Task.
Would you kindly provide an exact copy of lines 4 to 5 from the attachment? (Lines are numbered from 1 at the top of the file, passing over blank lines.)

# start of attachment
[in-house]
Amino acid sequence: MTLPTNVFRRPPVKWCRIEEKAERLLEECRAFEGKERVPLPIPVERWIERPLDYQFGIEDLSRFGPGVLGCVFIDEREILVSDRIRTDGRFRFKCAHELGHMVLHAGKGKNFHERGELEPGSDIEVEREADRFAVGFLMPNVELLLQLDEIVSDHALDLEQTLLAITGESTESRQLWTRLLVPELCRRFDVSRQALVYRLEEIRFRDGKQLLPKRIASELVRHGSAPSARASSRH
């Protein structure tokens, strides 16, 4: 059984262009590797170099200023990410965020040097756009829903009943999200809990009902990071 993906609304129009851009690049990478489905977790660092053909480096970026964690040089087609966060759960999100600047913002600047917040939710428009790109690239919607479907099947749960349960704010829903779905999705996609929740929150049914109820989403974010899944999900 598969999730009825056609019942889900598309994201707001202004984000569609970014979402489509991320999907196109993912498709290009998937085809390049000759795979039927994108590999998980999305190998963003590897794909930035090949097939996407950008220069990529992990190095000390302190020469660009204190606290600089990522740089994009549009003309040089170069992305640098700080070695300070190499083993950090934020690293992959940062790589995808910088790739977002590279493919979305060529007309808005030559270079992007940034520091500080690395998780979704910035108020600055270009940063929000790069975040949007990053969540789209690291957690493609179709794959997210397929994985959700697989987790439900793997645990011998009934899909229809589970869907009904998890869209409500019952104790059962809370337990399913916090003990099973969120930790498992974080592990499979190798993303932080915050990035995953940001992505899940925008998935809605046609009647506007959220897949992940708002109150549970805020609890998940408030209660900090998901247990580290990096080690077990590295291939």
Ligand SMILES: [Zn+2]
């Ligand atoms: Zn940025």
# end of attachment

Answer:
Ligand SMILES: [Zn+2]
């Ligand atoms: Zn940025």